Instead of broadcasting pre-recorded videos or a livestream to open its Covid season, the New England Philharmonic chose live programming on a small scale. Philadelphia-based composer TJ Cole’s Nightscape had been slated for an October performance with the full forces; in its place, NEP invited Cole to its (virtual) stage.
From her living room, Cole engaged in an hour-long discussion co-hosted with the Boston New Music Festival. NEP’s concertmaster Danielle Maddon and composer-in-residence Eric Nathan, familiar to Boston audiences from his past work with the Boston Symphony, served as interlocutors. Between functioning as sonic tour guides for sections of Nightscape and Cole’s recent composition Playtime, all three lent helpful insights and background.
Nathan introduced Nightscape, which understandably took pride of place during the evening. The title is evocative, but through Nathan’s perceptive questions, Cole revealed its particular origin story. She is fond of stargazing and was inspired by memories of watching the constellations circle above the skies in northern Michigan. Indeed, the piece opens with string glissandi moving in contrasting directions from a single pitch, revealing the expanse of the heavens above the stargazer’s head. After several intense minutes of motivic development, Nightscape ends in the opposite way with glissandi merging back together. We listened to the brief sections analyzed by Nathan as well as, eventually, to the entire work. This trade-off between listening and discussing provided a far more thorough presentation than conventional program notes.
Cole’s reaction to Nathan’s and Maddon’s live analysis proved particularly gratifying. A brief, repeated flutter in the woodwinds at the beginning of Nightscape stirred extensive discussion. Maddon heard the twittering of birds settling in for the night while Nathan imagined moonlight reflected in a rippling pond. But Cole disclosed that she considered the motive to be simply the twinkling of the stars above. In an excellent reminder that music can and should mean different things various listeners, Cole gamely enjoyed hearing how her composition stimulated a mix of images.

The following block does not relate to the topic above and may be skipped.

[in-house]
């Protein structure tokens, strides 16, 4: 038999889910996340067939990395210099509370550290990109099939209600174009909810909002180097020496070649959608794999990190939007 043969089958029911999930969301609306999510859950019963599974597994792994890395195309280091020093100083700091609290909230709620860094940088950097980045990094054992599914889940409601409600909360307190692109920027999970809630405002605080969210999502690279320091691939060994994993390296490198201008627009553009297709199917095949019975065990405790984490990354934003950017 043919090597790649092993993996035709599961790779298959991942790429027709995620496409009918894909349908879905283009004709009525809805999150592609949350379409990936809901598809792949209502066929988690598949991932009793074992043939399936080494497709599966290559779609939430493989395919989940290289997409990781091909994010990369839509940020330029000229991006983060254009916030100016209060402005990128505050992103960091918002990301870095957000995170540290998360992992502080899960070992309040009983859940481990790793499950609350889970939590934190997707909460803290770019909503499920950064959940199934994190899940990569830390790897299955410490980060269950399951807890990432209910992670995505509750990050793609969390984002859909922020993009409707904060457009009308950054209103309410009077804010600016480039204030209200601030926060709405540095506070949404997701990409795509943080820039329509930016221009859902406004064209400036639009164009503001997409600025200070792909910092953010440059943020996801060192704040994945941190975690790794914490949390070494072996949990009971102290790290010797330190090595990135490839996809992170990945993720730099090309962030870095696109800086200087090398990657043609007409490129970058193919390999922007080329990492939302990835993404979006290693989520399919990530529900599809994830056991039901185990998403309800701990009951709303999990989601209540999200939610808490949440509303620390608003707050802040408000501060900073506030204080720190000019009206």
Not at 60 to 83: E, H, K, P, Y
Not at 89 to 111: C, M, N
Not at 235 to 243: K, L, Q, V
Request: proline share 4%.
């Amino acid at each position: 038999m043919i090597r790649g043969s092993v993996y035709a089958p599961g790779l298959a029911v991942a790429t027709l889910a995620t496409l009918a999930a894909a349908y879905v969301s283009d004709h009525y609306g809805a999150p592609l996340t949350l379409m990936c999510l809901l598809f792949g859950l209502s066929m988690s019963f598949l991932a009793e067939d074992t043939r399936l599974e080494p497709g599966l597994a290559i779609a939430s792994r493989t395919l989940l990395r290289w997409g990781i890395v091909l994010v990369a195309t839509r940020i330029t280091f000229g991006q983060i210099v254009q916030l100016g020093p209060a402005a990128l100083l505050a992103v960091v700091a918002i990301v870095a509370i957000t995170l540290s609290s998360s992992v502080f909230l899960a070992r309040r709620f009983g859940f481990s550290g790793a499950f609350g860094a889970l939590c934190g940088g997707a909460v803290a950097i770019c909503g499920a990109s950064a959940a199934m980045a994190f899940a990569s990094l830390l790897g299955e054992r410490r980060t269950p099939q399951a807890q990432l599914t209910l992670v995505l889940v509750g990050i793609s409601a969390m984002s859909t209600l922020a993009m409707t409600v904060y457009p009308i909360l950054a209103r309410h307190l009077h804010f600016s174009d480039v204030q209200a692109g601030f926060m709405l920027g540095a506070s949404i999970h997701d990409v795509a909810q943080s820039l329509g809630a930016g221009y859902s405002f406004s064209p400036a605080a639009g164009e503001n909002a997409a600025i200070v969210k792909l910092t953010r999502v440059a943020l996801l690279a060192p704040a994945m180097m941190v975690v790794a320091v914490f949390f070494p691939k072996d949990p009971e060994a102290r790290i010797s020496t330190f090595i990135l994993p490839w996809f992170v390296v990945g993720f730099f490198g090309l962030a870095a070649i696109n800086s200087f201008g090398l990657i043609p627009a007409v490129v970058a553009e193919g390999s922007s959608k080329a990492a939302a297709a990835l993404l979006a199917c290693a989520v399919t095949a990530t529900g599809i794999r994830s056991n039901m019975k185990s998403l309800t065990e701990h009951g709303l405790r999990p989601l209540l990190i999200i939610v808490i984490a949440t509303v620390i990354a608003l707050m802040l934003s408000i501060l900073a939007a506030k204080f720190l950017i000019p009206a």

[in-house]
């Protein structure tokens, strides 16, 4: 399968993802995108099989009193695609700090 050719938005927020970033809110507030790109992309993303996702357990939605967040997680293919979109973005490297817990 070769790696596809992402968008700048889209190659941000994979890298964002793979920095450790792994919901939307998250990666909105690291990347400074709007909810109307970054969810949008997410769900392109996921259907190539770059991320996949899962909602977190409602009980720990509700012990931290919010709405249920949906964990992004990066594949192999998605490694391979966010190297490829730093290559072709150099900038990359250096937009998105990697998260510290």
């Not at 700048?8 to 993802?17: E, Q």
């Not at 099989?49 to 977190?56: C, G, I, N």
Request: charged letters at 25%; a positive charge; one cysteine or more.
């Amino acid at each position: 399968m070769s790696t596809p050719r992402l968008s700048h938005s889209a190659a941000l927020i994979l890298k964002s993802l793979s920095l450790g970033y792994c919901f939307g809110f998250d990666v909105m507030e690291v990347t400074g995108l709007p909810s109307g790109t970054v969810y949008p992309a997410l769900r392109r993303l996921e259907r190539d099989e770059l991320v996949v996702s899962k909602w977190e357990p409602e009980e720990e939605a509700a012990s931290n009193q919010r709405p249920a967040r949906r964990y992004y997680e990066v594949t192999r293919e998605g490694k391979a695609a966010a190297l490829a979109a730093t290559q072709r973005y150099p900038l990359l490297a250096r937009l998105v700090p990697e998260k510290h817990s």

Maddon then walked the audience through selections from Cole’s entertaining Playtime – 10 miniatures for string sextet. We listened to five of the moments, each with charming titles including “Bubble Brite Popcorn” and “Wind-Up Swing Set.” Cole again clearly focused on humor. While at work on Playtime, she compiled a lengthy list of favorite childhood games and toys, paring them together to spark musical ideas. Each movement differs dramatically, reflecting the variety of amusements on offer.
Playtime’s highly descriptive titles made for greater interpretative consensus. But, for example, Cole was still delighted to hear Maddon’s idea that the climax of the first movement, “Rainbow Train Tag,” represented the literal “tag,” or the moment when other trains caught up with the first. The evening ended with a few audience questions, which Cole sportingly answered. These made the event feel more intimate and we all benefited from her open and frank answers. How else would we have learnt that she plays in a synthpop band or that she composes primarily using the violin, an instrument she freely admits that she doesn’t play well?
Throughout the conversation, both Maddon and Nathan provided fascinating perspectives. Maddon spoke to the potential difficulties of Cole’s string writing and addressed specific issues of instrumental technique. Meanwhile Nathan offered compositional insights, sometimes matching Cole’s experience, while occasionally and intriguingly contrasting his own background. He also successfully used Zoom’s potential as a multi-media tool, allowing viewers to see portions of Cole’s scores, with Nathan underscoring his analysis via carefully delineated markings on the “page” in a clever use of the whiteboard feature.
One might have wished for original recordings of the works, particularly for a smaller-scale piece like Playtime (we instead listened to excerpts from versions previously available online), but it’s hard to fault the NEP for excess caution during a pandemic. After NEP’s first virtual event, I look forward to the rest.